The assumption a that the initial value w 0 is zero

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The assumption (a) that the initial value w (0) is zero is unrestrictive, so long as it can be assumed that the process takes a finite value at time t = 0. For that value can subtracted from the process to yield condition (a). D.S.G. Pollock: stephen [email protected]
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EC3070 FINANCIAL DERIVATIVES Arithmetic Brownian Motion The standard Wiener process is inappropri- ate to much of financial modelling. However, some quite general continuous stochastic processes can be derived that are functions of a standard Wiener process. A straightforward generalisation corresponds to a so-called random walk with drift. In discrete time, this can be represented by the equation x ( t + 1) = x ( t ) + µ + σε ( t + 1) . (7) The continuous-time analogue of this process is described by dx ( t ) = µdt + σdw ( t ) . (8) A generalisation of the latter is the Ito process, where the drift parameter µ and the variance or volatility parameter σ 2 become time-dependent functions of the level of the process: dx ( t ) = µ ( x, t ) dt + σ ( x, t ) dw ( t ) . (9) Geometric Brownian Motion The domain of a normally distributed random variable is the entire real line, which extends from −∞ to + . Many variables, such as those that represent physical quantities, are constrained to lie in the interval [0 , ). Therefore, it is inappropriate to describe them with a model that corresponds to a linear function of a normal random variable. In finance, there is an evident constraint that nominal interest rates must be nonnegative. Also, asset values cannot become negative. Such difficulties in modelling can sometimes be overcome by replacing the variables in question by their logarithms. The logarithmic transformation maps from the interval [0 , ) to the interval ( −∞ , ). The logarithmic version of the random walk is described by the following equation: ln x ( t + 1) = ln x ( t ) + σε ( t + 1) . (10) The corresponding continuous-time version can be written as d { ln x ( t ) } = σdw ( t ) . (11) Given that d dt ln x = 1 x dx dt or d { ln x ( t ) } = dx x , it follows that equation (11) can also be written as dx = σxdw ( t ) . (12) D.S.G. Pollock: stephen [email protected]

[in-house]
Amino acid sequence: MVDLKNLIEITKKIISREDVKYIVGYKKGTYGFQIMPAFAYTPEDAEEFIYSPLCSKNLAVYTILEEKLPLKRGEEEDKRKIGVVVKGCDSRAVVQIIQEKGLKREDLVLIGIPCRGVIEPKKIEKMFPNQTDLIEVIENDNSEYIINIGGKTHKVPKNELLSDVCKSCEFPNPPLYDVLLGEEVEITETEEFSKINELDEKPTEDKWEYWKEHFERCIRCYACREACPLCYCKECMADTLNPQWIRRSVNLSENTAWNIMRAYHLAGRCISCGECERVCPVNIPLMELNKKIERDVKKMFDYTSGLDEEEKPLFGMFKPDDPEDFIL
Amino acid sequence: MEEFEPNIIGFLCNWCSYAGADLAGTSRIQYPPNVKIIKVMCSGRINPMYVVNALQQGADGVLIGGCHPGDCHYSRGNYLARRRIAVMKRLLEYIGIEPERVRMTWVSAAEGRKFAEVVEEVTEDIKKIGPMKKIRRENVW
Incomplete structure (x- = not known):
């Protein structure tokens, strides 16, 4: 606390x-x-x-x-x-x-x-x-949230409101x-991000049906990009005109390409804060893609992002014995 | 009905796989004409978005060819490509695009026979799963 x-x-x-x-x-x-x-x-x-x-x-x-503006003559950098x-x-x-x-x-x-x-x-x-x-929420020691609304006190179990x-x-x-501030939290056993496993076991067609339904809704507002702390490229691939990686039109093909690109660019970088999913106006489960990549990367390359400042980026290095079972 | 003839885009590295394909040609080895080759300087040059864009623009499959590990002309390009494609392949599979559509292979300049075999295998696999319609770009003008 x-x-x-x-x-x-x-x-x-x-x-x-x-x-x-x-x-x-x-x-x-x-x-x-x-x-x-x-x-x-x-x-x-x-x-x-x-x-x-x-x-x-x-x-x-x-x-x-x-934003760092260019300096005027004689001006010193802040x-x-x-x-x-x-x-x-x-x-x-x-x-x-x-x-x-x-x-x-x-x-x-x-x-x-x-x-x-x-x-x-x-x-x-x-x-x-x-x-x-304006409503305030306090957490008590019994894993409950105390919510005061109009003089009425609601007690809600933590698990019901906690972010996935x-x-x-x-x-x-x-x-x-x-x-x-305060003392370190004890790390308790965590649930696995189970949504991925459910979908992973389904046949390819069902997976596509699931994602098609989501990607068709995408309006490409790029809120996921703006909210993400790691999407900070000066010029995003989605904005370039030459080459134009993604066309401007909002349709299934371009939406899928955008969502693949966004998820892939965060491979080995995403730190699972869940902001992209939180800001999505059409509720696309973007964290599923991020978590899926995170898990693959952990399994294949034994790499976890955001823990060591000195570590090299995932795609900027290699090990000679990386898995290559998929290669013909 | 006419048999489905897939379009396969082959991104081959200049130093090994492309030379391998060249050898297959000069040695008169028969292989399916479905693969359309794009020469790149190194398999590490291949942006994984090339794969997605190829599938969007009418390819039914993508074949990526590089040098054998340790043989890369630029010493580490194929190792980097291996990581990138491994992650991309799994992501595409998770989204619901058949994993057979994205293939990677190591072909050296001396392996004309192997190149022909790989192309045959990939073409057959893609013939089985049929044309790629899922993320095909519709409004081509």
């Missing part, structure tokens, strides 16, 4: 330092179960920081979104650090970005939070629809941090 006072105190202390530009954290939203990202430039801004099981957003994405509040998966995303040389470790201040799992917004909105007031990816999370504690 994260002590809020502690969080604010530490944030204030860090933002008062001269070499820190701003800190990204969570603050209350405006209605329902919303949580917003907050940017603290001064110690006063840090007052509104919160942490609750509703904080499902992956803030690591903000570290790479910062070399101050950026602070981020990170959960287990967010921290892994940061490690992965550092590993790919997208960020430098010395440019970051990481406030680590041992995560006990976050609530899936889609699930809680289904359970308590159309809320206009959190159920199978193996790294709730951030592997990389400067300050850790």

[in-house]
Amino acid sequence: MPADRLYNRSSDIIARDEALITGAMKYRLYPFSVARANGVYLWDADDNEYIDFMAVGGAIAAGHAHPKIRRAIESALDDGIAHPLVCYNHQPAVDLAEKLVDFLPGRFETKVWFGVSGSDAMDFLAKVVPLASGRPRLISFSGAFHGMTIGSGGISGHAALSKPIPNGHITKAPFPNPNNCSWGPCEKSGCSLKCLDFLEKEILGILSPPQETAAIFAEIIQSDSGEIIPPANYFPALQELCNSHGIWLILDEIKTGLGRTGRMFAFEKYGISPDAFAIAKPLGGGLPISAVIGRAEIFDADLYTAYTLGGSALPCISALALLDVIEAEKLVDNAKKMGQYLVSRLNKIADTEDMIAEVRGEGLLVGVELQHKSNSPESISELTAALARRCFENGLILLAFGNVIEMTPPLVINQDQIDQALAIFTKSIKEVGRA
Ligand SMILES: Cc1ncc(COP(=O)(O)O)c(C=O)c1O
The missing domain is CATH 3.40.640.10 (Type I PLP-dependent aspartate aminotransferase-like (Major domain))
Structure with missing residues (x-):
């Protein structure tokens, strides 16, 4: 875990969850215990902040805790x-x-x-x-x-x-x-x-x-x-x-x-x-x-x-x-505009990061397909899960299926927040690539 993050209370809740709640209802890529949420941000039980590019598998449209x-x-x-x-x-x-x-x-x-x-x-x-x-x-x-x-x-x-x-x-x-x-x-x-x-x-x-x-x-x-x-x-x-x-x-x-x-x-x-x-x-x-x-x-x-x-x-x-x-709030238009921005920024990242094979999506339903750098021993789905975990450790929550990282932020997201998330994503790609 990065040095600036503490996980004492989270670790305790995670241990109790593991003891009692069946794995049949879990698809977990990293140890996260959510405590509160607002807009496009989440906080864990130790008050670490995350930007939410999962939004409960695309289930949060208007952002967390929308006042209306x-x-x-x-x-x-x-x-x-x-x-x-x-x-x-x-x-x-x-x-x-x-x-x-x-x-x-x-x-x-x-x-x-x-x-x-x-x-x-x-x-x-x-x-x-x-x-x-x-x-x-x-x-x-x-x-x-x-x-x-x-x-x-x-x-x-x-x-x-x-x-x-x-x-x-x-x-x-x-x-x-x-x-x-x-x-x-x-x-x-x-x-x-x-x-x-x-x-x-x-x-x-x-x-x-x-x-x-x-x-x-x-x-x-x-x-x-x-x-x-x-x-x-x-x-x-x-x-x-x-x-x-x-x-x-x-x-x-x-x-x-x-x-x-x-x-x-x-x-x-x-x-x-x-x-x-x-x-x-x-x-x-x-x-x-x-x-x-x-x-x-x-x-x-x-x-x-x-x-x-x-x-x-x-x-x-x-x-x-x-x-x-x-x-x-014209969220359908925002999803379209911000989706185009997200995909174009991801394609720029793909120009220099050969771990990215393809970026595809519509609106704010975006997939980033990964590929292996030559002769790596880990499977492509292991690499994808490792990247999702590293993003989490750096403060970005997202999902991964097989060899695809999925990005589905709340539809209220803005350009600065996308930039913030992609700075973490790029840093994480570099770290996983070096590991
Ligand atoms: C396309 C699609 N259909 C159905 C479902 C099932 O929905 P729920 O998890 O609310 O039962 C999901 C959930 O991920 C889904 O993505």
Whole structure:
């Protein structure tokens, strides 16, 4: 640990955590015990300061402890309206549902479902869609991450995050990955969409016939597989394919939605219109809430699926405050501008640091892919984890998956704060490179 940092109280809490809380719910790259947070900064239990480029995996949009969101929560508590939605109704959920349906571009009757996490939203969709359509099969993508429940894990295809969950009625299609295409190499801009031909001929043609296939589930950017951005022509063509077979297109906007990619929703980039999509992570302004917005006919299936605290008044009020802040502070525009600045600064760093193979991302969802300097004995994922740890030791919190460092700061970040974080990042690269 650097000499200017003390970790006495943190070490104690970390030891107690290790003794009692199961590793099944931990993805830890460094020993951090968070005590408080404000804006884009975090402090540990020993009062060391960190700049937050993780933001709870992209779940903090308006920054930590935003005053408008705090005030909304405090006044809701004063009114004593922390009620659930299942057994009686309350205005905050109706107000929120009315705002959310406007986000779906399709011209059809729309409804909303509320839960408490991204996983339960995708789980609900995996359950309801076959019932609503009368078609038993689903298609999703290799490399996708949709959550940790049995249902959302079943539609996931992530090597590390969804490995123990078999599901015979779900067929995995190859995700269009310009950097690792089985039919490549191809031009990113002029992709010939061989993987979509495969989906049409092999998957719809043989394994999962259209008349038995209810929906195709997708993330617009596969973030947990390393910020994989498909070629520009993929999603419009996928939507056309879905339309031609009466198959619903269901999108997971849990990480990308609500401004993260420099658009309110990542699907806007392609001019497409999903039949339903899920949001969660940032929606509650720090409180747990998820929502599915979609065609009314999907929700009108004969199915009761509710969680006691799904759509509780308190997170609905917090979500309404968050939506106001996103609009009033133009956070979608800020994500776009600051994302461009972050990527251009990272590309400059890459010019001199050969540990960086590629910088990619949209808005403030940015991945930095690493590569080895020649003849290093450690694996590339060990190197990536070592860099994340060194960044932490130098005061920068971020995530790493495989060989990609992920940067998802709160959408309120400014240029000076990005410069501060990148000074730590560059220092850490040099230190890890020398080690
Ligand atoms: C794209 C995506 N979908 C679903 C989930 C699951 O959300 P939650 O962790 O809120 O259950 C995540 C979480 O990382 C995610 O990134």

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CONTINUOUS-TIME STOCHASTIC PROCESSES This equation might be used in describing the trajectories of financial assets.
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